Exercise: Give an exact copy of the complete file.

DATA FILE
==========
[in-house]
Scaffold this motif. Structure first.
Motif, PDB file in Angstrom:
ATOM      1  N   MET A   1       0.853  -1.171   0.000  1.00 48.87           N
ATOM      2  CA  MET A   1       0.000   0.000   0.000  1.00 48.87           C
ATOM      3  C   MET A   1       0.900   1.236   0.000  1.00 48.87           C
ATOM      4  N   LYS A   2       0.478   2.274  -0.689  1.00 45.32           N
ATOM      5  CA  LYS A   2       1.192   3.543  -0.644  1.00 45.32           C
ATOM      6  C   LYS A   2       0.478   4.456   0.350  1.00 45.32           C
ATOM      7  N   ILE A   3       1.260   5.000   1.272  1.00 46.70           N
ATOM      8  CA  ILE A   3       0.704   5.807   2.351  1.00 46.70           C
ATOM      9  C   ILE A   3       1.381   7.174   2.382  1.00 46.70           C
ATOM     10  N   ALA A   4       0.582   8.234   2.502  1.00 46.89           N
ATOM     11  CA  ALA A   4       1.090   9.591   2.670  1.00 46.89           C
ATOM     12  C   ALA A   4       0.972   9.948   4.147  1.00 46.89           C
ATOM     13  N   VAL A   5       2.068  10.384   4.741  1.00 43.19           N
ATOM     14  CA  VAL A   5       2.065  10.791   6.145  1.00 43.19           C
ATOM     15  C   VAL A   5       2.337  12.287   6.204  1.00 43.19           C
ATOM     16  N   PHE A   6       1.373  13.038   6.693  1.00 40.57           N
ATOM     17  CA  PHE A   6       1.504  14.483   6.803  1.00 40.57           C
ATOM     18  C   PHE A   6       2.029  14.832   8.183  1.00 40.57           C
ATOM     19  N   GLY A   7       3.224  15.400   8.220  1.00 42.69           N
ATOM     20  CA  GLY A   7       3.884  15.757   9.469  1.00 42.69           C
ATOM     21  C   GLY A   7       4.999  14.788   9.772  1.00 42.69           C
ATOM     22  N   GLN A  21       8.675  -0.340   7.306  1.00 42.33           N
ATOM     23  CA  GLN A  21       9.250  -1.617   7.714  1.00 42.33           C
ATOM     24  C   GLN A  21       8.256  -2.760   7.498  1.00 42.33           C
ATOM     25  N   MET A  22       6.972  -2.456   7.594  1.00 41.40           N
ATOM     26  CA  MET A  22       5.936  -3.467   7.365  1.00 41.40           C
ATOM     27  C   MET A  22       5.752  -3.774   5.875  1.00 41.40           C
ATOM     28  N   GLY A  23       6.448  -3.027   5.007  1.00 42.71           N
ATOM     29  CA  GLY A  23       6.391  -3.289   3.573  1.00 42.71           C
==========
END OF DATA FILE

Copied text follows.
[in-house]
Scaffold this motif. Structure first.
Motif, PDB file in Angstrom:
ATOM      1  N   MET A   1       0.853  -1.171   0.000  1.00 48.87           N
ATOM      2  CA  MET A   1       0.000   0.000   0.000  1.00 48.87           C
ATOM      3  C   MET A   1       0.900   1.236   0.000  1.00 48.87           C
ATOM      4  N   LYS A   2       0.478   2.274  -0.689  1.00 45.32           N
ATOM      5  CA  LYS A   2       1.192   3.543  -0.644  1.00 45.32           C
ATOM      6  C   LYS A   2       0.478   4.456   0.350  1.00 45.32           C
ATOM      7  N   ILE A   3       1.260   5.000   1.272  1.00 46.70           N
ATOM      8  CA  ILE A   3       0.704   5.807   2.351  1.00 46.70           C
ATOM      9  C   ILE A   3       1.381   7.174   2.382  1.00 46.70           C
ATOM     10  N   ALA A   4       0.582   8.234   2.502  1.00 46.89           N
ATOM     11  CA  ALA A   4       1.090   9.591   2.670  1.00 46.89           C
ATOM     12  C   ALA A   4       0.972   9.948   4.147  1.00 46.89           C
ATOM     13  N   VAL A   5       2.068  10.384   4.741  1.00 43.19           N
ATOM     14  CA  VAL A   5       2.065  10.791   6.145  1.00 43.19           C
ATOM     15  C   VAL A   5       2.337  12.287   6.204  1.00 43.19           C
ATOM     16  N   PHE A   6       1.373  13.038   6.693  1.00 40.57           N
ATOM     17  CA  PHE A   6       1.504  14.483   6.803  1.00 40.57           C
ATOM     18  C   PHE A   6       2.029  14.832   8.183  1.00 40.57           C
ATOM     19  N   GLY A   7       3.224  15.400   8.220  1.00 42.69           N
ATOM     20  CA  GLY A   7       3.884  15.757   9.469  1.00 42.69           C
ATOM     21  C   GLY A   7       4.999  14.788   9.772  1.00 42.69           C
ATOM     22  N   GLN A  21       8.675  -0.340   7.306  1.00 42.33           N
ATOM     23  CA  GLN A  21       9.250  -1.617   7.714  1.00 42.33           C
ATOM     24  C   GLN A  21       8.256  -2.760   7.498  1.00 42.33           C
ATOM     25  N   MET A  22       6.972  -2.456   7.594  1.00 41.40           N
ATOM     26  CA  MET A  22       5.936  -3.467   7.365  1.00 41.40           C
ATOM     27  C   MET A  22       5.752  -3.774   5.875  1.00 41.40           C
ATOM     28  N   GLY A  23       6.448  -3.027   5.007  1.00 42.71           N
ATOM     29  CA  GLY A  23       6.391  -3.289   3.573  1.00 42.71           C